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Changing perceptions of pediatric mastocytosis


DII small banner By Warren R. Heymann, MD
Sept. 3, 2018


I have always been disquieted by mastocytosis. Its constellation of clinical presentations from childhood to adulthood, spectrum of systemic involvement, variable prognoses, and therapeutic challenges, never allow for complacency or certainty.

Even when the diagnosis is straightforward with an excellent prognosis, trouble can ensue. I will never forget eliciting the Darier sign on a toddler’s mastocytoma, witnessing his entire cutaneous surface turn crimson red from the massive histamine release. I’m not sure who was about to pass out first – the child, his parents, or me. (A word to the wise — skip the Darier sign on large mastocytomas).

This commentary will focus on pediatric mastocytosis.

According to Macri and Cook: “Mastocytosis is a disorder characterized by mast cell accumulation, commonly in the skin, bone marrow, gastrointestinal (GI) tract, liver, spleen, and lymphatic tissues. The World Health Organization (WHO) divides cutaneous mastocytosis into three main presentations. The first has solitary or few (less than or equal to 3) lesions called “mastocytomas.” The second involves multiple lesions ranging from less than 10 to greater than 100 which is referred to as “urticaria pigmentosa” (UP). The last presentation involves diffuse cutaneous involvement. Urticaria pigmentosa is the most common cutaneous mastocytosis in children, and it can form in adults as well. It is thought to be a benign, self-resolving condition that remits in adolescence. Unlike adult forms of mastocytosis, there is rarely any internal organ involvement in UP.” (1)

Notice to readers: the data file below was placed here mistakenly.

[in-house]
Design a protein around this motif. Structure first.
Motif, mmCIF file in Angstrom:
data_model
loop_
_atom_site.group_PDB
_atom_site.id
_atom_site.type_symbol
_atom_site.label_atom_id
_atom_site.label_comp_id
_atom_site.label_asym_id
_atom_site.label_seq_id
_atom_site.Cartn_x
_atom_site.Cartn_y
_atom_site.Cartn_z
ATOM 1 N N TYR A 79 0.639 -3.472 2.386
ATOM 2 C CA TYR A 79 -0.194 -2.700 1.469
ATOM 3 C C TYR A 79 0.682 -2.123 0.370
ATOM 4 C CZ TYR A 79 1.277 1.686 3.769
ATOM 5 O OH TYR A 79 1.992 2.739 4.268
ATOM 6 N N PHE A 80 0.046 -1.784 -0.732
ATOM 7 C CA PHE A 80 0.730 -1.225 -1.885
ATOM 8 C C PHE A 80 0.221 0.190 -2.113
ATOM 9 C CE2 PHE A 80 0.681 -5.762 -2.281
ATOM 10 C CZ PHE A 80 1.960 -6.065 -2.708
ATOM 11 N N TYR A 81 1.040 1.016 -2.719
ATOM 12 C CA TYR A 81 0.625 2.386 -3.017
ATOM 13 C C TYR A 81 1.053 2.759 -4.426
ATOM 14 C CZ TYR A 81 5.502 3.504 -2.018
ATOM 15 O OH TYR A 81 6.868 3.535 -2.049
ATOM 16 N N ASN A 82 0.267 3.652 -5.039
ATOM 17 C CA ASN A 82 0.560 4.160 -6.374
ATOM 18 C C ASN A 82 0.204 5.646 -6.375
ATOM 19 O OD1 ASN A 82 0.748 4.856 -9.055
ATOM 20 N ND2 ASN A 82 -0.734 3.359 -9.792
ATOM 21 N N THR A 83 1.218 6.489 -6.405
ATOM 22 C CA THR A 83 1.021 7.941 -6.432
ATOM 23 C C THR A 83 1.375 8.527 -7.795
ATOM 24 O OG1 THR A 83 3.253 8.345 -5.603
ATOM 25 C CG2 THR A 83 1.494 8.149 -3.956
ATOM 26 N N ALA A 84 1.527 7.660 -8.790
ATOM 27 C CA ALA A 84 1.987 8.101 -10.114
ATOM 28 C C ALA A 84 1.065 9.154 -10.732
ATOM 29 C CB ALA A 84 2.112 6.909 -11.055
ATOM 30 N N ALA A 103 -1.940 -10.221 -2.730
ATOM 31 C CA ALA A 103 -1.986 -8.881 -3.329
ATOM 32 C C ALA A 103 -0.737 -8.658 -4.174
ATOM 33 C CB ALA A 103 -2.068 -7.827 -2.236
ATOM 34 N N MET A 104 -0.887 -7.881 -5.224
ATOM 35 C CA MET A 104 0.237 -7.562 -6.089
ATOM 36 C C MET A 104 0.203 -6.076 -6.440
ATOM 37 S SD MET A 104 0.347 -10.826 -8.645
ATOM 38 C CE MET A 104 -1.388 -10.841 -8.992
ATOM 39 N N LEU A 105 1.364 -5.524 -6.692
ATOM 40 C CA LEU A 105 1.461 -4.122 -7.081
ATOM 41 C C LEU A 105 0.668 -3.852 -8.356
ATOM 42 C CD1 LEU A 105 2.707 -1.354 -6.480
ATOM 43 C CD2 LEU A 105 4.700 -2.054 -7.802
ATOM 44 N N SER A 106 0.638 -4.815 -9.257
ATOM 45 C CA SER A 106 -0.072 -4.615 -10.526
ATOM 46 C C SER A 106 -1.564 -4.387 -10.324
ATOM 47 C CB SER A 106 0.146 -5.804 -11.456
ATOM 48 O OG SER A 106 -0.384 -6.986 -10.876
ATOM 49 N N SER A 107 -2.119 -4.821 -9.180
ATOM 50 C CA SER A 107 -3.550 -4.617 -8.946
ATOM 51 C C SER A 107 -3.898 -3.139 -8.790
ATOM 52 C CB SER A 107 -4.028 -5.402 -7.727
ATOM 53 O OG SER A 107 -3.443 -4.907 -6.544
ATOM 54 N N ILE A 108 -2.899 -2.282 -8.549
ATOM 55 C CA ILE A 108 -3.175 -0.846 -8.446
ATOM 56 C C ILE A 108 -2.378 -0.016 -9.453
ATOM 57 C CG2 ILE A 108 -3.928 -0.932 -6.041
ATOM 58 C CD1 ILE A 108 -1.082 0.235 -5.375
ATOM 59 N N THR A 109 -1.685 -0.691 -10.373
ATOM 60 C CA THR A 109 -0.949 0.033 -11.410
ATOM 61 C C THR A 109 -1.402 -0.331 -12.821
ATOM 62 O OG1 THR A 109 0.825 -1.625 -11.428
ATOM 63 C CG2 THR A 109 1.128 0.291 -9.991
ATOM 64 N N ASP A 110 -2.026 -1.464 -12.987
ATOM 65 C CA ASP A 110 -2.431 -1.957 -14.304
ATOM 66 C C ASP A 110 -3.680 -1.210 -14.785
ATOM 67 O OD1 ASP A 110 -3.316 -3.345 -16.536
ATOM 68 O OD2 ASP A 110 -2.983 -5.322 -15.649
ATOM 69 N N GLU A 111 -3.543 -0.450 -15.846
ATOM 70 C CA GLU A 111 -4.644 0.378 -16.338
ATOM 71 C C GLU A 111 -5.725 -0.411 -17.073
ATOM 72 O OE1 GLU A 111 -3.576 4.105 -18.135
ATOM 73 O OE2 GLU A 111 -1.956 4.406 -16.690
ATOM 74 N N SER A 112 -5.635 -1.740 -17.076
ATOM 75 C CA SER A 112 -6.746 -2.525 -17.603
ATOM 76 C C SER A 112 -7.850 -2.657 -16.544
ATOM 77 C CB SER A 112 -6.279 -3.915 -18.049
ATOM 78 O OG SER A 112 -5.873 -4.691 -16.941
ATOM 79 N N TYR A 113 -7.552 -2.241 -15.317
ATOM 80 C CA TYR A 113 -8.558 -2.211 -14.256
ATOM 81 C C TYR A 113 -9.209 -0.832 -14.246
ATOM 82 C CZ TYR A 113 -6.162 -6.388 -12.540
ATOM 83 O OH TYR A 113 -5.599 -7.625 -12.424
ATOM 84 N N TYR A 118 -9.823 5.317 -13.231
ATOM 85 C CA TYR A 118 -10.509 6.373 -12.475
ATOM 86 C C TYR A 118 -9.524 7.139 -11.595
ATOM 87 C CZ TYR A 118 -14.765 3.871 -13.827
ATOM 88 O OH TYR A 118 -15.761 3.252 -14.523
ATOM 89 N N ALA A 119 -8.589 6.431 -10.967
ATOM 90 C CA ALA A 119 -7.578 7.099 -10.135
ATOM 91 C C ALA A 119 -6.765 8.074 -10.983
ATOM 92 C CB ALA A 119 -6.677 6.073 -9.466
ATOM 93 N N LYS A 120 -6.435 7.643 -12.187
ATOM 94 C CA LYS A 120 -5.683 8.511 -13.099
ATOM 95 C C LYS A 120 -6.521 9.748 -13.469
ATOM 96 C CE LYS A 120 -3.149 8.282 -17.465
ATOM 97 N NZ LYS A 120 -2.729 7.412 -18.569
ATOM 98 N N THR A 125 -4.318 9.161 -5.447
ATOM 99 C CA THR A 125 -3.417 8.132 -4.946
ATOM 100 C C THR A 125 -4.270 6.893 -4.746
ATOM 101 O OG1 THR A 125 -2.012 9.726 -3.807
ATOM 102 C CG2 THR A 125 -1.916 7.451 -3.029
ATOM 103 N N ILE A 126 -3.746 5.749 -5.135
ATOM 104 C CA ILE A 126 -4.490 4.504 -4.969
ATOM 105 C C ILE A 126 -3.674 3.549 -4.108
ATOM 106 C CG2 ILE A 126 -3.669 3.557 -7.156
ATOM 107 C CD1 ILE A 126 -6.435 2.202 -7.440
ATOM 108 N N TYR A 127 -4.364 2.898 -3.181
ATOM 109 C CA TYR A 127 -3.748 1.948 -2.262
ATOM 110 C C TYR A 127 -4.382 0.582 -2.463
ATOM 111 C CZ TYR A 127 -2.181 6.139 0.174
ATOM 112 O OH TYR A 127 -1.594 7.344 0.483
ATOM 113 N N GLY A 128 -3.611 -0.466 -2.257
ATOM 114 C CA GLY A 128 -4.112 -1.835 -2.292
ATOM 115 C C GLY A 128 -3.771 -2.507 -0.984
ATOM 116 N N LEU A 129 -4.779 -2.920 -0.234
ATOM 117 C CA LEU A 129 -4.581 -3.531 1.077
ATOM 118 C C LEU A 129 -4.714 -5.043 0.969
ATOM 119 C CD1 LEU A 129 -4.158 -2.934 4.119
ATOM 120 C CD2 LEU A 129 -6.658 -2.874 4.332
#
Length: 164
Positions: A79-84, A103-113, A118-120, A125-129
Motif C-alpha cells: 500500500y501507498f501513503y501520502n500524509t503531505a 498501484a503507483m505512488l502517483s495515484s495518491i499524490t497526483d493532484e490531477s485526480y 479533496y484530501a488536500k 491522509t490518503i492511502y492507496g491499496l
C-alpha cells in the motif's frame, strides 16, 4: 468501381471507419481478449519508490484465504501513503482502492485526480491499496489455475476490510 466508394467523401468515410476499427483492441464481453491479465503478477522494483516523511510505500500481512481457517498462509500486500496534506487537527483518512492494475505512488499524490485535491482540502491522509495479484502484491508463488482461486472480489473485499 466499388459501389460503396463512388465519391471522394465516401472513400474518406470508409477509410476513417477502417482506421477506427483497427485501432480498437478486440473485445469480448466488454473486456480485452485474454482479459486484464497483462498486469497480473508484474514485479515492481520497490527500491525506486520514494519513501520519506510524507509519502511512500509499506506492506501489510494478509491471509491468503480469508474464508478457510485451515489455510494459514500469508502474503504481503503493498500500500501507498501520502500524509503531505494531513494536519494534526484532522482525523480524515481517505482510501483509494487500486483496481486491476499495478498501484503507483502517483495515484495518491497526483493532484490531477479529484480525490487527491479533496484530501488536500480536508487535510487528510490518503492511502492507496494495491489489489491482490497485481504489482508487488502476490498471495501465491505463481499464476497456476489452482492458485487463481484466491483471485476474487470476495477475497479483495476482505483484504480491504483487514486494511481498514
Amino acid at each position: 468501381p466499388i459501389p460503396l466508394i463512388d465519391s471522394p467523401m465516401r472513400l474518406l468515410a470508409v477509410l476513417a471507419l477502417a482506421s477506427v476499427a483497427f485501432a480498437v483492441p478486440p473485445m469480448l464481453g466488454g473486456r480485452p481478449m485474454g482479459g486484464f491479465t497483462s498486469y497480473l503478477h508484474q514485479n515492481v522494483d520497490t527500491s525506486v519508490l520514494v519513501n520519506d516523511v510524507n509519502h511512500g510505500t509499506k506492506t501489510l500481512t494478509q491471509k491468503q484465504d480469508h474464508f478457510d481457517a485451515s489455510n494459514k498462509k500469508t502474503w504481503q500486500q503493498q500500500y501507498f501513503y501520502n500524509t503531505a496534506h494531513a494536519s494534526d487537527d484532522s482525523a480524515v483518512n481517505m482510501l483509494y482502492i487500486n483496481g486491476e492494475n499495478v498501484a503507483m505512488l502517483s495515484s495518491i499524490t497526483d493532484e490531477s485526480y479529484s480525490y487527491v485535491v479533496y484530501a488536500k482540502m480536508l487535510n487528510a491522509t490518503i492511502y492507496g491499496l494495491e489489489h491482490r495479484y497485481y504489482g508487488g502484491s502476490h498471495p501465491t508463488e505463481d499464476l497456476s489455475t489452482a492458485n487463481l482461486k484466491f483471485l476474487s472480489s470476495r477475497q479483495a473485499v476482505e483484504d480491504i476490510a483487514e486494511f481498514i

Based on a systemic review of 1747 cases of pediatric mastocytosis, although the majority of cases hold true to aforementioned tenets, the outcome may not be favorable. Méni et al report that lesions occurred before the age of 2 years in 90% of cases, and presented as urticaria pigmentosa (75%), mastocytoma (20%) or diffuse cutaneous mastocytosis (5%). The male-to-female ratio was 1:4. A KIT D816V mutation was detected in 34% of 215 tested patients. Clinical regression (complete or partial) occurred in 67% of cases and stabilization in 27%. However, the outcome was fatal in 2.9% of patients. The authors assert that the development of aggressive forms several years after the onset of “benign” forms of pediatric mastocytosis (both mastocytoma and urticaria pigmentosa) confirms the importance of long-term follow-up for these patients. (2)